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Bangkok - Attractions

Wat Ratchanada lit up at night


Chinatown is the most fascinating district in Bangkok. It's noisy and smelly and exhilarating. It's an area of dark laneways and traffic-choked roads, of bright, cheap markets and enticing foodstalls as far as the eye can see. Despite its grungy style Chinatown offers a wonderful glimpse into 300 years of cultural development.

Chinatown offers the visitor an astonishing array of jewellery, hardware, wholesale food, and automotive and fabric shops - and almost all at cheaper prices than anywhere else in Bangkok. Site of antiques (some of them real!) and an annual Vegetarian Festival, Chinatown has been a permanent Chinese-Thai residential area since 1782. One hundred years later there were 245 opium dens and a huge number of pawnshops, gambling houses and brothels. These days the area is a little tamer, but you can still find many pawnshops and even a few brothels if you look in the right (or wrong) direction. There's not much opium, but there's plenty of its nasty cousin: heroin.

Jim Thompson's House

The former abode of New York architect, WWII spy, silk entrepreneur and all out mystery man, Jim Thompson's House is a great spot to visit for authentic Thai residential architecture and South-East Asian art. Some of the houses are centuries old; all are built without nails and set in lush tropical gardens punctuated with lotus ponds.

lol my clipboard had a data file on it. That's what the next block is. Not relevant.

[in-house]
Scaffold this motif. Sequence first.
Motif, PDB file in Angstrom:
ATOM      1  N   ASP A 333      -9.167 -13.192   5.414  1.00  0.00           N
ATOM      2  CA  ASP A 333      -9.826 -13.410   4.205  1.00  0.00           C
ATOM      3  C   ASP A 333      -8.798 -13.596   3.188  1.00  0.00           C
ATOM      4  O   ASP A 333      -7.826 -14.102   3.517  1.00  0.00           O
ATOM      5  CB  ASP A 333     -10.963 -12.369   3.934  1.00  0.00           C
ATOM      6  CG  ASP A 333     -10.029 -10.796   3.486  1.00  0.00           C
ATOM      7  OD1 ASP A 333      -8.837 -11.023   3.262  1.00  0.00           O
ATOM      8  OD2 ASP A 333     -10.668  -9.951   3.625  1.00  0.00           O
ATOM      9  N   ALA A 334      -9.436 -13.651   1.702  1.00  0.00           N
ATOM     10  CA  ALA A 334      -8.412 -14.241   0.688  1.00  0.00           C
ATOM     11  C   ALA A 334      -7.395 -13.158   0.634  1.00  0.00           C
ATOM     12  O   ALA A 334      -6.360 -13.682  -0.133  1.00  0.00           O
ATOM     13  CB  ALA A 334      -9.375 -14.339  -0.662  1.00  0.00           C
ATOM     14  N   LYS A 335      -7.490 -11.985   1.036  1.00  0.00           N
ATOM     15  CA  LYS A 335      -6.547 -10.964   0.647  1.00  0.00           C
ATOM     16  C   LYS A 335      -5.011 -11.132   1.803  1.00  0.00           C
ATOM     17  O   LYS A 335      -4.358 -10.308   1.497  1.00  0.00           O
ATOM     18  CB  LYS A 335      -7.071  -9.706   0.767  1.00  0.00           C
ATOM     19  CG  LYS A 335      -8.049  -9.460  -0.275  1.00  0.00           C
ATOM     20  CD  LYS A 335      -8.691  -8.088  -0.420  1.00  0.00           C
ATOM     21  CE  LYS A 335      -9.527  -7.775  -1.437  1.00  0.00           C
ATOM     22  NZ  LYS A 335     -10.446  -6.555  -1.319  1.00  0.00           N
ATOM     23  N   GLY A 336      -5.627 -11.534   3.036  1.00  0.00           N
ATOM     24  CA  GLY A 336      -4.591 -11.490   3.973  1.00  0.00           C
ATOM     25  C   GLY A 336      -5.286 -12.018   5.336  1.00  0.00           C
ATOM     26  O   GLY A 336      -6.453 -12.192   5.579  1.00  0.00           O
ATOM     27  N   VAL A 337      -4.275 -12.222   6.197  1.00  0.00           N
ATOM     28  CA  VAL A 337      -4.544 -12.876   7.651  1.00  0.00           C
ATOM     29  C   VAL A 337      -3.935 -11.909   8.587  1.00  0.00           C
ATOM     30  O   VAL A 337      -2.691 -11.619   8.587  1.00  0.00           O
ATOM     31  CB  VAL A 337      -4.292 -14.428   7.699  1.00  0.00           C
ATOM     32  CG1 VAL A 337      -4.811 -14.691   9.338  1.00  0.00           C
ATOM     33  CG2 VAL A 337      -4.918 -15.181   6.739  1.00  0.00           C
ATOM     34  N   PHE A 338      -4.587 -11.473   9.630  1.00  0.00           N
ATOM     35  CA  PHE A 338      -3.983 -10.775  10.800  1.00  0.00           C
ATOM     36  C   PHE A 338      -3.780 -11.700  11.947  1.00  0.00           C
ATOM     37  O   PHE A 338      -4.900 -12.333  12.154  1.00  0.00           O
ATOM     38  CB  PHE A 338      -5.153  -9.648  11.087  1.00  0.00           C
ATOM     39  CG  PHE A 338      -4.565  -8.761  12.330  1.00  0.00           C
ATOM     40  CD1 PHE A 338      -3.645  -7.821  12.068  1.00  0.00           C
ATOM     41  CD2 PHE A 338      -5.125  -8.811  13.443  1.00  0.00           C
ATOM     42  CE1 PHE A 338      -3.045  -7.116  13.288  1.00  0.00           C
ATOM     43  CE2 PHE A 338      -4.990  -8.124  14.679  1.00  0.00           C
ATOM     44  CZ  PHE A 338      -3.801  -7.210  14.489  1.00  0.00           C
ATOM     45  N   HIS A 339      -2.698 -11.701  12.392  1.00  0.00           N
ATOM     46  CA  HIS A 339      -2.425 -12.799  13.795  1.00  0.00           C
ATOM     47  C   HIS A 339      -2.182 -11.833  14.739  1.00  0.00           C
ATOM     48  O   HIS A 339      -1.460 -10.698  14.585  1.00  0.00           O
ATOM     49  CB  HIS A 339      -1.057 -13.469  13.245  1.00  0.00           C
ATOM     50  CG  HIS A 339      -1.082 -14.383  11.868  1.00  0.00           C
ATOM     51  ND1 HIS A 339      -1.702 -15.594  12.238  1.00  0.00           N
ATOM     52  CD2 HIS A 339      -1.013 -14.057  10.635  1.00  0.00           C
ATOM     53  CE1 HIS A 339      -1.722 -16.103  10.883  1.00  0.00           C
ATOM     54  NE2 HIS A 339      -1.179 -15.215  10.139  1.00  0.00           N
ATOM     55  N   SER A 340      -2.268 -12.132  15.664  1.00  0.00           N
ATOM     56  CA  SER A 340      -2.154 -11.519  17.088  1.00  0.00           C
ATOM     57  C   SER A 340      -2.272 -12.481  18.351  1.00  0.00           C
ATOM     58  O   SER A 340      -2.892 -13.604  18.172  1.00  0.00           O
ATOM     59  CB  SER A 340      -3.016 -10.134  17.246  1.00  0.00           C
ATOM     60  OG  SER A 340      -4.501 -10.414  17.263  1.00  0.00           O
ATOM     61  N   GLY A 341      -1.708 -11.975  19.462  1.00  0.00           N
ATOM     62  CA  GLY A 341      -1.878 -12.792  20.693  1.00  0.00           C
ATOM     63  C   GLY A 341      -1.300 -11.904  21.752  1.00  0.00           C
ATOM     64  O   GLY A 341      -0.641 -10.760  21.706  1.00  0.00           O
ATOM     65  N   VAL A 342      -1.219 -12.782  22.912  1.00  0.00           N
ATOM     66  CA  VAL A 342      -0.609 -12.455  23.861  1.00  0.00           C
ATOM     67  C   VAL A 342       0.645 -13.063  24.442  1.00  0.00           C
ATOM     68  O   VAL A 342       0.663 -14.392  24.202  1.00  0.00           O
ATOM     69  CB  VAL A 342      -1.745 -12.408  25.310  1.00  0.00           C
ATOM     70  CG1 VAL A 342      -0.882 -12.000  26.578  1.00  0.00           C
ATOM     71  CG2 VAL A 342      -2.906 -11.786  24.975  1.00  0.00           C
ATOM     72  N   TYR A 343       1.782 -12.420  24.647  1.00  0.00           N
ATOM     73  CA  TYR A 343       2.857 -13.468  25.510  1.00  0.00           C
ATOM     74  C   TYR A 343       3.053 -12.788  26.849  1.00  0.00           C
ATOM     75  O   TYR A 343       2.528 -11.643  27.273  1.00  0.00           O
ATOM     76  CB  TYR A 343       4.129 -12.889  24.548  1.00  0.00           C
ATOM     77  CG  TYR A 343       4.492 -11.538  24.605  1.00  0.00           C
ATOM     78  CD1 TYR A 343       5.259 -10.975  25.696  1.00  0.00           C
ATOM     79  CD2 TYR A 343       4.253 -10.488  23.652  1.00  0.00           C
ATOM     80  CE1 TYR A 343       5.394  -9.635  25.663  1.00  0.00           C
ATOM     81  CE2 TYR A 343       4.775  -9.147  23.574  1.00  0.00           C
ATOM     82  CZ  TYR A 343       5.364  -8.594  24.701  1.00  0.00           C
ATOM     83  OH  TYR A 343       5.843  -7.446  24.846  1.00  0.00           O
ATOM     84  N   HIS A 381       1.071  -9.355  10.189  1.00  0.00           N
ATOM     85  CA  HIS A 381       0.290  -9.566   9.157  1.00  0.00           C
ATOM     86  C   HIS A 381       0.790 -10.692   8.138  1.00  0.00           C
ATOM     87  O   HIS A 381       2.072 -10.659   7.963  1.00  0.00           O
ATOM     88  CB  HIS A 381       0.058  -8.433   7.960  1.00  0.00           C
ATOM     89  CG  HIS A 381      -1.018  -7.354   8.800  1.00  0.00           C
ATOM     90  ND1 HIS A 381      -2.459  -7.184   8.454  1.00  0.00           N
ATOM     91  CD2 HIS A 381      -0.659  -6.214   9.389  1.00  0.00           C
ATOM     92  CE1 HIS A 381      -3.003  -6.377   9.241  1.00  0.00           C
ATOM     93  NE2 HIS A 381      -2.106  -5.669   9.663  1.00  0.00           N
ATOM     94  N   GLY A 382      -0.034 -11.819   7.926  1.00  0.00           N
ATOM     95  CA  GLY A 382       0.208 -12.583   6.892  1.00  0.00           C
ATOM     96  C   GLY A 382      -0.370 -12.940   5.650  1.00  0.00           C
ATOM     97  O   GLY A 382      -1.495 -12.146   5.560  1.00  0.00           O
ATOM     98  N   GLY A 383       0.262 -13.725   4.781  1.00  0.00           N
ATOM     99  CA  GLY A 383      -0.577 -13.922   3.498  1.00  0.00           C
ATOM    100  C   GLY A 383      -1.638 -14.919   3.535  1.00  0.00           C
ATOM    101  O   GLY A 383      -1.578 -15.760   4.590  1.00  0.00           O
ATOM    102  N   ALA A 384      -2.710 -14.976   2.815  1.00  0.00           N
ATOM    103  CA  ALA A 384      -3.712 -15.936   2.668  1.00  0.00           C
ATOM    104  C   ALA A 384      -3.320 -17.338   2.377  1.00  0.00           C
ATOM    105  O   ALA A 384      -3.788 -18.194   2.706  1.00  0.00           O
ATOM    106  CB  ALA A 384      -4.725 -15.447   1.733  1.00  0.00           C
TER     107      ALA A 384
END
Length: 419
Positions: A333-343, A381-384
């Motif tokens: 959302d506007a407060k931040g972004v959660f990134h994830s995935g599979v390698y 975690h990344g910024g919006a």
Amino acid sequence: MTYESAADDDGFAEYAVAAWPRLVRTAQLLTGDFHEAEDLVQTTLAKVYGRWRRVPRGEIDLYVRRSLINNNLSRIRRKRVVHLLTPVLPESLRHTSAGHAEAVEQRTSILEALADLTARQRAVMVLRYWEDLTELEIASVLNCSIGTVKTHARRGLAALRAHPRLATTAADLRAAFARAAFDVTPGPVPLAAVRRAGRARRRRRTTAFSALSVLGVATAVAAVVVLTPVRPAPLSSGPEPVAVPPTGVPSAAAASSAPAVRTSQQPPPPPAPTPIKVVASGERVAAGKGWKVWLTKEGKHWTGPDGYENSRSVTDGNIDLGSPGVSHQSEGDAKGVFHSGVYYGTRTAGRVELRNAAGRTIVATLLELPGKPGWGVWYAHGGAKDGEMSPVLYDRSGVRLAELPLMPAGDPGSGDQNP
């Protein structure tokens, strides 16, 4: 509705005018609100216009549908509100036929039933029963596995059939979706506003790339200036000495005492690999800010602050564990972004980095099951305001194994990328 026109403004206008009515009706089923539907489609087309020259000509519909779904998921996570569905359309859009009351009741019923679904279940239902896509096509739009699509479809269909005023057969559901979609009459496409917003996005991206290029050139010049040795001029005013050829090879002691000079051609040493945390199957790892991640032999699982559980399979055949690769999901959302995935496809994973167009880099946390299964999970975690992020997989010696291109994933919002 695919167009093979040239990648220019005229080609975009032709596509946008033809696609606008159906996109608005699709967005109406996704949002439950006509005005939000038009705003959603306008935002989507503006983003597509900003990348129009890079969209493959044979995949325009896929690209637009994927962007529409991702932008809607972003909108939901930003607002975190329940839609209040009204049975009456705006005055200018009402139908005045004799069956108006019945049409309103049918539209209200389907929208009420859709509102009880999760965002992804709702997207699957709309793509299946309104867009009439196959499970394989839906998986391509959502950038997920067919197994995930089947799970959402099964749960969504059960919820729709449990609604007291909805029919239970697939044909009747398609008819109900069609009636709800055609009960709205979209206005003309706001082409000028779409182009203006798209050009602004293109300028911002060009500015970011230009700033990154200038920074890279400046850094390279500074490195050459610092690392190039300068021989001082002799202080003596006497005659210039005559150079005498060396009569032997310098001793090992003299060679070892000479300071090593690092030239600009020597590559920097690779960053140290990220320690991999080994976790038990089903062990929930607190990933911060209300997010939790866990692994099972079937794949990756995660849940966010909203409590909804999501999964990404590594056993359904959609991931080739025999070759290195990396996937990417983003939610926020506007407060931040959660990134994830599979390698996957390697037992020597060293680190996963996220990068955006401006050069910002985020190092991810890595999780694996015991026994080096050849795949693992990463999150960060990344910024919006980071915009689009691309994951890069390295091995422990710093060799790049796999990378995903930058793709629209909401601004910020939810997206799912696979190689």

Thompson was a New York architect who served as a spy in Thailand during WWII. After setting up house in Bangkok, he gradually built up worldwide clientele for a craft that may otherwise have died out. Each wall of Thompson's house has its exterior side facing the building's interior, exposing the wall's bracing system to residents and guests.

In 1967, Thompson disappeared mysteriously in Malaysia; that same year his sister was murdered in the USA. This fuelled various conspiracy theories. Who killed Jim Thompson - spies, rivals, or a man-eating tiger? Perhaps the answer lies in his ancient Siamese horoscopes: a table at the front sells copies of these horoscopes so you can see for yourself.

National Museum

Southeast Asia's biggest museum was originally built in 1782 as a palace then turned into a museum by Rama V in 1884. Its treasures include the enormous, elaborate funeral chariots which carried the ashes of royalty, Chinese weaponry, and fat Sukhothai coins said to have magical properties.

It also holds a wonderful collection of Thai art. All styles and periods are represented, from Dvaravati to Ratanakosin, and good English-language descriptions are available.

Permanent collections focus on traditional musical instruments from Thailand, Laos, Cambodia and Indonesia, ceramics, clothing, woodcarving and textiles - highly recommended free English-language tours that take in all of these exhibits are available.

In the grounds of the facility you will also find the restored Buddhaisawan Chapel, which was built in 1795 and contains some well-preserved murals.


Bangkok is a cultural melting pot and there's no better evidence of this than Pahurat, on the edge of Chinatown. A wide variety of Indian goods are available in this small area, ranging from an astonishing array of silks to Thai shoulder bags. The choice is amazing, the haggling is fierce and the bargains can be unbelievable - if you're good enough, that is. Head down little alleys into the 'bowels' of this area and you'll find foodstuffs, household items and a thriving culture that might ordinarily pass by unnoticed. Pahurat lies west of Chinatown towards the river.

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